Just like 2015 was no ordinary vintage in Burgundy, Louis Jadot is no ordinary Negociant! With close to 160 years of experience and owning more than 150 hectares of vineyards across Burgundy (70 Ha of which lie in the Côte d’Or), Chef de Cave Frederic Barnier has extraordinary control over his fruit source from top to bottom. In a great year such as 2015, the wonderfully warm, sunny summer resulted in magnificently ripe and healthy berries even in the more marginal appellations. In short 2015 is a vintage which will not disappoint from Village, Premier Cru and Grand Cru alike. As Frederic Barnier said “The wines will rival the best we have made in a very long time”
About Maison Louis Jadot
Maison Louis Jadot was established in 1859 by Louis Henri Denis Jadot and developed by succeeding generations. In 1985 their US distributor Rudi Kopf purchased the business while also purchasing Domaine Clair Daü (which brought with it Grand Crus of Chambertin Clos de Bèze, Bonnes Mares, Clos Vougeot and Corton Grèves).
Domaine des Héritiers Louis Jadot has long belonged to the Jadot family and includes the original Louis Jadot Monopole Beaune Premier Cru ‘Clos des Ursules’ vineyard, purchased in 1826, plus Corton Pougets and Corton Charlemagne. Pierre Henri-Gagey, current President succeeded his father André Gagey in 1992 and today his son Thibault is deeply involved in Louis Jadot. Domaine Gagey has been in their family for generations, and includes great vineyards in Clos Saint Denis and Echézeaux.
Domaine du Duc de Magenta is not strictly owned by Louis Jadot, but is on a very long term, exclusive contract for the Chassagne Montrachet Premier Cru Morgeot ‘Clos de la Chapelle’. In the 1990’s Louis Jadot invested in vineyards such as Côte de Nuits Villages Le Vaucrain and Beaujolais Chateau des Jacques Moulin-a-Vent and Morgon, and began working their own cooperage, Cadus, based in Ladoix.
2015 Côte d’Or vintage report by Frederic Barnier
A cold, damp end to winter saw bud burst take place towards the end of March/beginning of April. The first fortnight of April saw lots of bright sunshine, but the cool weather retarded growth somewhat. The second half of April and all of May were warm and dry, and growth accelerated as a result. The first flowers put in an appearance at the end of May and start of June. The soil held plenty of water reserves thanks to the rainy winter. In certain areas, particularly those that had suffered hail damage in recent years, it was already apparent that yields were going to be low. June was very hot and the growth cycle accelerated further. Flowering only took a week, and it only took three weeks to go from the end of flowering to bunch closure (half the time that this process usually takes in an average vintage).
At this stage we began to talk about the possibility of any early harvest because some of the vineyards with reduced yields were ripening so fast that it looked as if they would be ready to pick before September.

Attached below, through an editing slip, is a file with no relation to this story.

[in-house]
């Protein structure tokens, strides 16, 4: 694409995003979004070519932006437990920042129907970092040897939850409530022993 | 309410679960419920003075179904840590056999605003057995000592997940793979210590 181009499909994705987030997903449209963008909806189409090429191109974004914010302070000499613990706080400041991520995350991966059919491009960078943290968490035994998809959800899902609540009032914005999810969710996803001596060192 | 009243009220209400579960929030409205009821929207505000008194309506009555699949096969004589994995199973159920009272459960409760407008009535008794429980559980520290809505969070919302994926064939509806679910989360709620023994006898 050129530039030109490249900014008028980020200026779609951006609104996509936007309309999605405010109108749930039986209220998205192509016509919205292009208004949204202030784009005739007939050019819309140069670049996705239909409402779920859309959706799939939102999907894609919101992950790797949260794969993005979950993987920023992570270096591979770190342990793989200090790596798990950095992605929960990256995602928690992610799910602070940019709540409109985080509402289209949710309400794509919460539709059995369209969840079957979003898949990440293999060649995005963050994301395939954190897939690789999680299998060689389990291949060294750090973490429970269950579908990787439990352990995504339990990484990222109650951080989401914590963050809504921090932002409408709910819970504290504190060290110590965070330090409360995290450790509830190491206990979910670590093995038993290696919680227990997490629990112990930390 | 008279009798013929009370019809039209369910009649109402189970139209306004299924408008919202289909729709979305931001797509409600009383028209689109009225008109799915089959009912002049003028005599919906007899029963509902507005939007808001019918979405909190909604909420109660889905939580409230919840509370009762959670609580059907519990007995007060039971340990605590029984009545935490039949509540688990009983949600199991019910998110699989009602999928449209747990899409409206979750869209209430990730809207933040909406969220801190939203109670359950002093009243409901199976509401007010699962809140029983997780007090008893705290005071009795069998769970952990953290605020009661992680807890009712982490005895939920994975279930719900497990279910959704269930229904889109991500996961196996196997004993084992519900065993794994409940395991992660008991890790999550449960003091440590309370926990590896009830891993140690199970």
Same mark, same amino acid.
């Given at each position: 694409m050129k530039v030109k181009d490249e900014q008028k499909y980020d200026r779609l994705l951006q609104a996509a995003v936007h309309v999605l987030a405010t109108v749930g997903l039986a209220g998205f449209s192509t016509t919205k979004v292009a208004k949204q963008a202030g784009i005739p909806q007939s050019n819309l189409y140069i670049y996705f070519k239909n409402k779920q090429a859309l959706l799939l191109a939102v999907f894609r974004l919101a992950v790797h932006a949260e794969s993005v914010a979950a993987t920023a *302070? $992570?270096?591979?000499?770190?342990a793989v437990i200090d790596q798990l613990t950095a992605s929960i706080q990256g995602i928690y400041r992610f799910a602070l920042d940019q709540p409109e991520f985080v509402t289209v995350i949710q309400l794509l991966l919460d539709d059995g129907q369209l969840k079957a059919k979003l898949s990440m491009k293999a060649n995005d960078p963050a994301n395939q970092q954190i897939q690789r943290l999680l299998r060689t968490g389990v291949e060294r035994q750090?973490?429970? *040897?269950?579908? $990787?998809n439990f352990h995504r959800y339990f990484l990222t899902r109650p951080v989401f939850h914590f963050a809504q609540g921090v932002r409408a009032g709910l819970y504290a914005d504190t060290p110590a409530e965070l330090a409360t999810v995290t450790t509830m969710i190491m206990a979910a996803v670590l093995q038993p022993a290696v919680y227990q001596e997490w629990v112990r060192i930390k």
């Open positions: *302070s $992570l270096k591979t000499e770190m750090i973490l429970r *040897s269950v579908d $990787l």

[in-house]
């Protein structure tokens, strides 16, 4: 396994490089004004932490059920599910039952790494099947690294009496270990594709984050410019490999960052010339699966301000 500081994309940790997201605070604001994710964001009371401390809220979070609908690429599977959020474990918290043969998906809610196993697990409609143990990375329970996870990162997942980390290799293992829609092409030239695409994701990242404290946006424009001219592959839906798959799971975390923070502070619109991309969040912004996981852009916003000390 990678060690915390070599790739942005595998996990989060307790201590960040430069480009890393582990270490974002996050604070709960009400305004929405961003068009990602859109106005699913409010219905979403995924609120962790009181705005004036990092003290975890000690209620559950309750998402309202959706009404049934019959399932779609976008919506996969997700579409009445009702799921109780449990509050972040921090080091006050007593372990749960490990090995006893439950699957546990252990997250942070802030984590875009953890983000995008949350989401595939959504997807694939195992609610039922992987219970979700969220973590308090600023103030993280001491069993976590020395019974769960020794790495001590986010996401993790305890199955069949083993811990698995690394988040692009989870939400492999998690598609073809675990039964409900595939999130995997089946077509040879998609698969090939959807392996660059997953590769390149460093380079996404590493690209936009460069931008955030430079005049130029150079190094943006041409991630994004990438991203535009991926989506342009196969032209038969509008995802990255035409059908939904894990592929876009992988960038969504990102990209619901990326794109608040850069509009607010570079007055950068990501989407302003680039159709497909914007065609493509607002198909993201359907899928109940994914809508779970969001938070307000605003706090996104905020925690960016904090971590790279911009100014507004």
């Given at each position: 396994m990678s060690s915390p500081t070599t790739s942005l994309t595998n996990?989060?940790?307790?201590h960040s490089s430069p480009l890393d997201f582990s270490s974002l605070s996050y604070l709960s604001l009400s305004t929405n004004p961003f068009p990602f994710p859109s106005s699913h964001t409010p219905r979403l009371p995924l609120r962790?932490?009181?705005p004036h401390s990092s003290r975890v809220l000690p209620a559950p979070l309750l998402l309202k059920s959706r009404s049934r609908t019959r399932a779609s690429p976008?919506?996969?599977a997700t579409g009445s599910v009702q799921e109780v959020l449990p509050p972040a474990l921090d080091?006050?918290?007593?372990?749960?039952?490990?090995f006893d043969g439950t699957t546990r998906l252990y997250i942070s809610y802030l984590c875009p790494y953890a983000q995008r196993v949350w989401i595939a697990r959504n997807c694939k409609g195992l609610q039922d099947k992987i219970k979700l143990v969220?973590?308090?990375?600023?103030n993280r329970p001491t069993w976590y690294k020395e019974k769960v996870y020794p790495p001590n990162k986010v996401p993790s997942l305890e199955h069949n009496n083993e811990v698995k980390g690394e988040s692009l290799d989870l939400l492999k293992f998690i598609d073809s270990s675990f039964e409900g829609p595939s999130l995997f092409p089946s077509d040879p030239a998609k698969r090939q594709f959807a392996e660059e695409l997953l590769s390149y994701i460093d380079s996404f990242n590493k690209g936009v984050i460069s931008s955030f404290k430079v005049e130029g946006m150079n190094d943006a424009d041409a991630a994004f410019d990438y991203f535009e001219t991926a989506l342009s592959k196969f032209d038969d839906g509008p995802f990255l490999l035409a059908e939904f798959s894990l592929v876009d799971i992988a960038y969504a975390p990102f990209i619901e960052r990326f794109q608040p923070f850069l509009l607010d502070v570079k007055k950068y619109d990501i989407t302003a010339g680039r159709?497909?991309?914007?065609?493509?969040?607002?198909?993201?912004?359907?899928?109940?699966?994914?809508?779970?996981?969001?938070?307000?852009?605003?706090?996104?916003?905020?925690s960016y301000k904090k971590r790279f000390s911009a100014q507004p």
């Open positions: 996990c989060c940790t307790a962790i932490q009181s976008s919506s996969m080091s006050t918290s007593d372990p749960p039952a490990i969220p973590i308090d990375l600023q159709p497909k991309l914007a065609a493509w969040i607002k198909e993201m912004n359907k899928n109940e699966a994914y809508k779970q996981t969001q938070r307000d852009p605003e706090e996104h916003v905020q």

At the end of June rain fell copiously on the Côte d’Or, and this helped swell the grapes. The state of July saw temperatures that were 4 degrees Celsius higher than usual, bright sunshine and rainfall that was down 60mm on the July average.
Growth slowed as the plants protected themselves from the hot, dry climate, and some bunches got a little hot. In Beaujolais and the south of the Mâconnais, vines suffered some hydric stress as they hadn’t had any water since winter. Some vines lost a few leaves and veraison was delayed due to the lack of rainfall. At the end of July, rainclouds appeared, and the vineyards got between 5 and 30mm of rain.
It was hot in August but there was also some welcome rain (notably on August 8th). The grapes began to ripen and the ideal climatic conditions persisted right up to the end of the growing season: the speed of ripening varied hugely depending on the yield and the availability of water per parcel. We started picking the Chateau des Jacques whites in August along with some of the riper Gamay parcels (some of which achieved 15% alcohol per volume!) At Louis Jadot, we began picking our white grapes on September 1st, and the reds on September 7th.
Yields were average for the whites and low for the reds. We have been pleasantly surprised by the balance of the grapes, particularly in terms of the extraordinary levels of acidity seen in the whites. The warm wind that swept through the vineyards towards the end of August may well have concentrated the levels of acidity. We blocked the malolactic fermentation in our whites in order to preserve the balance between richness and tension in the wines. The reds show deep, rich colour and flavours – the raw material promises a great vintage in 2015 for both whites and reds. “The wines will rival the best we have made in a very long time”.
Your tongue will thank you!
*Stocks of the Grand Crus and Premier Crus are extremely limited. First come, first served. Following allocation, in June you will be invoiced for 50% of the total. The balance payable when the wines are ready to ship in September/October.